U.S. Senator Kirsten Gillibrand was in Albany Monday to promote new legislation intended to help families struggling with addiction.
Gillibrand says The Family Support Services for Addiction Act would allocate $25 million to help nonprofit organizations, like the The Addictions Care Center of Albany, provide support services to families of people seeking treatment.
Gillibrand says more than 3,000 people in New York state died from an opioid overdose in 2017. The Democrat says it’s important to get families involved in treatment because studies show people are more likely to stay in treatment and recover.
“They need referrals to credible and helpful treatment providers,” Gillibrand says. “They need support groups.”
The Addictions Care Center of Albany administers the Family Support Navigator program, which focuses on family issues resulting from addiction.
Kelly Fahrenkopf is the group’s Clinical Director of Residential Services. She says patients often end up back home for recovery, which is why family education is so important, but the Albany facility also offers on-campus treatment.
“We have it all under one roof for them,” Fahrenkopf says. “So we are able to have that enforcement through both sides. We have them right across the street. So we’re here, they’re in another building. So if families come in, they’re able to connect with us immediately to help try to get the client into any sort of help that’s needed.”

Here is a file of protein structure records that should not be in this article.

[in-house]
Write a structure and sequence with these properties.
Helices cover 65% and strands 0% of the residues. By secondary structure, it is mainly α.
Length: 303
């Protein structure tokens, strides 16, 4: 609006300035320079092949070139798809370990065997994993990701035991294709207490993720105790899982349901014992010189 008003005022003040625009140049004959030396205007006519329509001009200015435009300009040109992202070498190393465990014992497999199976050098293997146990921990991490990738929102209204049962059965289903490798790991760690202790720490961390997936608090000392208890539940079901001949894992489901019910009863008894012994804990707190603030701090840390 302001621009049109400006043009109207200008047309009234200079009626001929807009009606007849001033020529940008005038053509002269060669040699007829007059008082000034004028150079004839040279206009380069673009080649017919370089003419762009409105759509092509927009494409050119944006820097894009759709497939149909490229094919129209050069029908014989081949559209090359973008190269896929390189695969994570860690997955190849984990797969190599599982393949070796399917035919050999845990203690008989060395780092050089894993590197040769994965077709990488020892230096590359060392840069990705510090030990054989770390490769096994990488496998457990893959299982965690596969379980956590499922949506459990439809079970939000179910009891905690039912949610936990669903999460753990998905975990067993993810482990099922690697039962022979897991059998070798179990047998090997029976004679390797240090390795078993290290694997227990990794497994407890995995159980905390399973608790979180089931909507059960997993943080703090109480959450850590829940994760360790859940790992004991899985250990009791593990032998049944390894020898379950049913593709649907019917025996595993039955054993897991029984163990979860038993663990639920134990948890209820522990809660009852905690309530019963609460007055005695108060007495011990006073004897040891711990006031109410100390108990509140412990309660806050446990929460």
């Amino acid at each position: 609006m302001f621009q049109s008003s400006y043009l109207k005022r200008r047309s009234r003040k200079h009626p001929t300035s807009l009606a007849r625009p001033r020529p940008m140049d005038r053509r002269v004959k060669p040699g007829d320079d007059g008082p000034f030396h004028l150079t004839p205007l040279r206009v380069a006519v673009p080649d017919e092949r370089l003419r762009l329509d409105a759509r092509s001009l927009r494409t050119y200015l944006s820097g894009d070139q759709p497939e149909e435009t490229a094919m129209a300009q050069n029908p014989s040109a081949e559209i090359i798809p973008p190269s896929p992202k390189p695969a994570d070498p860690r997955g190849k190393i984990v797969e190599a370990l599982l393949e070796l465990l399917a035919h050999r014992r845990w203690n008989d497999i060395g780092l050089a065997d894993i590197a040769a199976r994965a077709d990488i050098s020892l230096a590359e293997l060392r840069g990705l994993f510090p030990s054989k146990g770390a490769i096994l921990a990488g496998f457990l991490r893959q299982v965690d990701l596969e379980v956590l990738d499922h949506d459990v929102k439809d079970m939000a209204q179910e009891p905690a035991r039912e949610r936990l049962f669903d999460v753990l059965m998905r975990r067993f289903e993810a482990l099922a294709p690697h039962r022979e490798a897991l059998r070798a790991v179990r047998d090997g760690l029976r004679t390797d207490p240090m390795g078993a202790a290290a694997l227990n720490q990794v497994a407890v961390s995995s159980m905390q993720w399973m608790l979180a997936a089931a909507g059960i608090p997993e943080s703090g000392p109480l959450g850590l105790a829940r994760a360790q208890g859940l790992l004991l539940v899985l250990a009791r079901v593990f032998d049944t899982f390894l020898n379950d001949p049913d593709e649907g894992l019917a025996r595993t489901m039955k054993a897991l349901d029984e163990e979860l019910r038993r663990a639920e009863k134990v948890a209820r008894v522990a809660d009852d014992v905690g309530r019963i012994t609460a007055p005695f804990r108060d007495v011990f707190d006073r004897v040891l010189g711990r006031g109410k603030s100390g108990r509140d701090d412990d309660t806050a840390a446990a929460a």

Fahrenkopf says the current program lacks the funds to keep families involved.
“We struggle with having families get the resources,” Fahrenkopf says. “So the more money that’s out there to help them so they can get that – to push it forward for them as needed. We struggle often times with families – we lose connections with families based off the fact that we lose the client. And we really want to help that – to keep that unity together - because we know that addiction affects the whole family, not just the client themselves.”
Albany County Sheriff Craig Apple says the Addictions Care Center of Albany has made his job easier. Apple says last year there were roughly 200 overdoses in the county, many of them repeat incidents. Apple says departments like his know they can’t arrest their way out of the addiction crisis.
“We shopped all over the place when we were losing people daily to overdoses,” Apple says. “We shopped all over. ‘We need help from somebody out there,’ we didn’t know what we were doing – we’re a police officer organization – law enforcement. All we knew at that point was, ‘Let’s try to arrest our way out of it,’ right? Just put them in jail, put them in jail. We were fortunate enough to start a treatment center with Addictions Care Center and they became our partner because they didn’t want to know how they were going to get paid. I’ll never forget Keith saying, ‘Let’s save some lives and we’ll figure out how to get paid later.’”
The proposed funding would be used for peer support groups, training for family members, education on substance use disorder for schools, medical information, and referrals.
The bill is cosponsored by Republican U.S. Senator Shelley Moore Capito of West Virginia, but Senator Gillibrand says this is only the beginning.
“It’s not nearly enough,” Gillibrand says. “It’s literally a drop in the bucket. But it’s a good start and it’s bipartisan so we have the opportunity, hopefully, to pass the bill this year.”
Those in need of addiction treatment or family support services can visit TheACCA.net.